Housing Construction Finance Remains Strong

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Tuesday, February 11th, 2014
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Financing activity regarding the building of new homes in Australia has eased back but remains at high levels, the latest data shows.

Housing Finance Data released by the ABS on Tuesday indicates that on a seasonally adjusted basis, the combined number of loans made for the either the purchase or construction of new housing came in at 8,517 – down 0.35 percent compared with November but still almost 15 percent higher than the 7,467 loans approved in the same month one year earlier in December 2012.

Construction industry Economists welcomed the latest data.

Noting a 14.6 percent year on year rise in owner-occupied homes as well as the strongest reading in first-home-buyer activity in four months, Housing Industry Association Senior Economist Shane Garrett said the figures represented ‘a pretty strong result’.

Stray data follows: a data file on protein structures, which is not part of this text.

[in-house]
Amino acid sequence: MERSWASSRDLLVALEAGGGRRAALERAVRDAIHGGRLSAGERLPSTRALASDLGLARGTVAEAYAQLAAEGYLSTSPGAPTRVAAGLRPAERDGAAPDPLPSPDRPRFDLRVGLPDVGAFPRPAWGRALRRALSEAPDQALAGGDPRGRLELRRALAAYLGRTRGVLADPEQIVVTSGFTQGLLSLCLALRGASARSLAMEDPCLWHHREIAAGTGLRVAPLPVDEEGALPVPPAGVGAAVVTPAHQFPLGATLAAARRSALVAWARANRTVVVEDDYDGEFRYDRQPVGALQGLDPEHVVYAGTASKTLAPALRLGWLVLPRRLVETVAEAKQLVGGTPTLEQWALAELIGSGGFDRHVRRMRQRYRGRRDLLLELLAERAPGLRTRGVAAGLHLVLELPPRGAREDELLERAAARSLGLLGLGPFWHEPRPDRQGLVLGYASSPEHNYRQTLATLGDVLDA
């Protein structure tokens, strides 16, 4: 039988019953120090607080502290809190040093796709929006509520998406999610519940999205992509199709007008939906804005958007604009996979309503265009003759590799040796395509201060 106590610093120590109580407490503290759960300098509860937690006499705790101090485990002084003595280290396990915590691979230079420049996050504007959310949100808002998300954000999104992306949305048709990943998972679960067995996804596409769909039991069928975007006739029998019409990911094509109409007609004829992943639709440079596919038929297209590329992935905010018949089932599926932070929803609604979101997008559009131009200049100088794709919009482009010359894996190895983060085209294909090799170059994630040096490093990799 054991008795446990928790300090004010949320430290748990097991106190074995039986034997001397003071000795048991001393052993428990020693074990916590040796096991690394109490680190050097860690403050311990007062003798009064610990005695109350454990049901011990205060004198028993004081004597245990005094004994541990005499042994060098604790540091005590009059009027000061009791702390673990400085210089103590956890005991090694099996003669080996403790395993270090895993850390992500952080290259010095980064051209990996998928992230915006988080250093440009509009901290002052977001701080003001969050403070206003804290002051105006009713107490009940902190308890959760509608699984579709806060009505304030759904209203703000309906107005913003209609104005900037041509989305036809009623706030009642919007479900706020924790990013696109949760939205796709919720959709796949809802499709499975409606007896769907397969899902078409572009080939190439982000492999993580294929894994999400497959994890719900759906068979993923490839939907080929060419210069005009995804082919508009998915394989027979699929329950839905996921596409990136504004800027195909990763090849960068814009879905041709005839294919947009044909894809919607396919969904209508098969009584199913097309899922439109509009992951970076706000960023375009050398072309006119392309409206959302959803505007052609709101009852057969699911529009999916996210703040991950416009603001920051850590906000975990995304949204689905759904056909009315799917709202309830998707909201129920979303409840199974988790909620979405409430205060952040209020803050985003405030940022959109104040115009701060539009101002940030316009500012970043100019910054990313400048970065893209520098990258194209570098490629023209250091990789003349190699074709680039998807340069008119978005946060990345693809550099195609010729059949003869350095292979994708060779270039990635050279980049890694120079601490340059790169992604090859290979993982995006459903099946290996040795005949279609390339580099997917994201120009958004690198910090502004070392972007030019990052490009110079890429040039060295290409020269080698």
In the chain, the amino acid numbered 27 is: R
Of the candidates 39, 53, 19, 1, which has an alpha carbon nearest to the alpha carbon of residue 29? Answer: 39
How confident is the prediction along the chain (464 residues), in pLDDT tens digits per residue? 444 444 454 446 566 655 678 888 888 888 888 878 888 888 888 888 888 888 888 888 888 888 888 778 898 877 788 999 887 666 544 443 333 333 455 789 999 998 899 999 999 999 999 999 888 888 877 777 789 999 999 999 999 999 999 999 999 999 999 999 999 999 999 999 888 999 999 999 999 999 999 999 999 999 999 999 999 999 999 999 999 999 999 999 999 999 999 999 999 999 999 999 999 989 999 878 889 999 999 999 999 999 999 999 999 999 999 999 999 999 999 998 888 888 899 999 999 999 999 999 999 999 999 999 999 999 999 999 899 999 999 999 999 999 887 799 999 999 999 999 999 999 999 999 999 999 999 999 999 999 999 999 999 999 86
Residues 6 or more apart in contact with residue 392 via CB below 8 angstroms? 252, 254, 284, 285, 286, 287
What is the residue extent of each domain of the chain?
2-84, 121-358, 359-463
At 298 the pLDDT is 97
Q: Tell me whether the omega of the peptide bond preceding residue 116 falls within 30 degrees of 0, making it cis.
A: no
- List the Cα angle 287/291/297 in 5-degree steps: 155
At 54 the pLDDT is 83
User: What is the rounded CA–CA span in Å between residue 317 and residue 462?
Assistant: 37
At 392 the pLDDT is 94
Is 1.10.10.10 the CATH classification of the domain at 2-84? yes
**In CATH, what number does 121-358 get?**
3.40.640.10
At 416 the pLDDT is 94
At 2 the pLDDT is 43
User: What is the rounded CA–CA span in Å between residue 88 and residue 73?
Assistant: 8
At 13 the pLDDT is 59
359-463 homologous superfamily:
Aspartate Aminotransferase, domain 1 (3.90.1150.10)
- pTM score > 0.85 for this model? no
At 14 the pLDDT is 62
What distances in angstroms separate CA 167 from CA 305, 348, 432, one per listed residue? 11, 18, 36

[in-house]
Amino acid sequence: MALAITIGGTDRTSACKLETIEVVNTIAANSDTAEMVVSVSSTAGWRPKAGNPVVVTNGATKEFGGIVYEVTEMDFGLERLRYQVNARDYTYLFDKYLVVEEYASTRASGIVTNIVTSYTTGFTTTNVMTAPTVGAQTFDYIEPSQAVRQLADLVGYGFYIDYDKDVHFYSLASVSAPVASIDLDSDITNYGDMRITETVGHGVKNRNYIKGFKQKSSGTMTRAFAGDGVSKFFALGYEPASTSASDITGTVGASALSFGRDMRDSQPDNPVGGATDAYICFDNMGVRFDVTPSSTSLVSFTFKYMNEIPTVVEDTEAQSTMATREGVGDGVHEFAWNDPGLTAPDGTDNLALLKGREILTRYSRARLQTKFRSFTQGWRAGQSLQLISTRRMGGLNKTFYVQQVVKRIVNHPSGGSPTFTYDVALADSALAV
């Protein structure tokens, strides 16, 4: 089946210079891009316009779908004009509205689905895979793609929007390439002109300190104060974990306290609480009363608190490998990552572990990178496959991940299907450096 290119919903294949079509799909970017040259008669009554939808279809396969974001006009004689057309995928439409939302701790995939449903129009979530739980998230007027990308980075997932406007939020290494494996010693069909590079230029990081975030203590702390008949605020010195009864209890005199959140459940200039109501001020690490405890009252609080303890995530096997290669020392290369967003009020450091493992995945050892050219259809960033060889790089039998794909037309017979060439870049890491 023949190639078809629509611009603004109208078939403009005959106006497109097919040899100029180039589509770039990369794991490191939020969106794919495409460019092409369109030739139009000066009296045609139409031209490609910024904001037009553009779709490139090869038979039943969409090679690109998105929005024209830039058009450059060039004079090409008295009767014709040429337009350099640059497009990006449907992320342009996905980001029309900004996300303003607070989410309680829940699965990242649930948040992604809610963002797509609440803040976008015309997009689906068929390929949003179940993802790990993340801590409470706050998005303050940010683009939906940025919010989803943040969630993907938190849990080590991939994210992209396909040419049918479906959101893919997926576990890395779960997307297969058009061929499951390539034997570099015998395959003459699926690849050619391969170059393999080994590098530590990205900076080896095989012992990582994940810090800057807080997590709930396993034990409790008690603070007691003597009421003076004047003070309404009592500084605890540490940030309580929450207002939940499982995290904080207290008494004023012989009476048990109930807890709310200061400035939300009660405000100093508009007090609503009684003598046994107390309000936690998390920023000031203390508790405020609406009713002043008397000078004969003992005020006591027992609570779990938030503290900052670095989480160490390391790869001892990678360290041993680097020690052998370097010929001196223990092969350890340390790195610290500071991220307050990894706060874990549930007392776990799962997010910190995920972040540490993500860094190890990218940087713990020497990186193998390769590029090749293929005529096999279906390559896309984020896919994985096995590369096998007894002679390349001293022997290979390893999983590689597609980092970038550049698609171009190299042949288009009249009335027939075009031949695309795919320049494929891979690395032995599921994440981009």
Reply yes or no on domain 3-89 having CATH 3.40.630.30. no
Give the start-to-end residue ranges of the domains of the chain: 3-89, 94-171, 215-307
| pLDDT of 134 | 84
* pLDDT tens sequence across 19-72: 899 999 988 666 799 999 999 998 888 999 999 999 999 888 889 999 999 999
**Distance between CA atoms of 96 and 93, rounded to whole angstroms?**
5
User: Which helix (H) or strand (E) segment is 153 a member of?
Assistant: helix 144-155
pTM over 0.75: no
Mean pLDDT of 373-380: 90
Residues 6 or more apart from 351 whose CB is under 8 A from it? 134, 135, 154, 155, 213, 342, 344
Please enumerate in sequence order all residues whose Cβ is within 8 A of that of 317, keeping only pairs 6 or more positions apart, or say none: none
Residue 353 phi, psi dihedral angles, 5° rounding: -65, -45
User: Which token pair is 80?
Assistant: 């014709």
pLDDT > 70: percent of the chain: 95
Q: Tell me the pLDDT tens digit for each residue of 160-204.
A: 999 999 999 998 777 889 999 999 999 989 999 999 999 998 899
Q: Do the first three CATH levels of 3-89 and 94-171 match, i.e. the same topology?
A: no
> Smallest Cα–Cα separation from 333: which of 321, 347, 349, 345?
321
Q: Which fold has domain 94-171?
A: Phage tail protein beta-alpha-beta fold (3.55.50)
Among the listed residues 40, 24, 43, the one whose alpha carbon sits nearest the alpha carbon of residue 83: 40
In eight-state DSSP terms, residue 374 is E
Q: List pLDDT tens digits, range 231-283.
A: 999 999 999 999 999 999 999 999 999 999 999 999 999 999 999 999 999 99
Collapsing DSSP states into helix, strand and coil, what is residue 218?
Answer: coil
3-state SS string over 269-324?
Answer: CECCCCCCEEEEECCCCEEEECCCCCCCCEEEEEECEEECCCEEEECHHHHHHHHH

Citing new figures showing median house price growth of 3.4 percent across capital cities in the December quarter, he says this would further reinforce purchaser confidence, albeit with demand needing to be accompanied by further policy action to manage supply side constraints.

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 “Today’s data cap off a strong year for new home lending and signal that activity on the ground will be strong during the early months of 2014” Garrett said.

Master Builders Australia Chief Economist Peter Jones also welcomed the figures, saying an upswing in housing finance was underway in New South Wales, Western Australia and Queensland whilst Victoria remained steady at healthy levels.

Whilst the latest follow generally soft monthly data over the past week or so, volumes of new work is coming in within the industry remain healthy compared with recent history and economists remain generally confident about the near term industry outlook.

In its most recent forecast, HIA said it expected national housing start levels to remain at levels slightly above 160,000 per annum for the foreseeable future – at or slightly above decade averages (around 155,000 homes) and well above the shocking low of 145,120 in financial year 2011/12.

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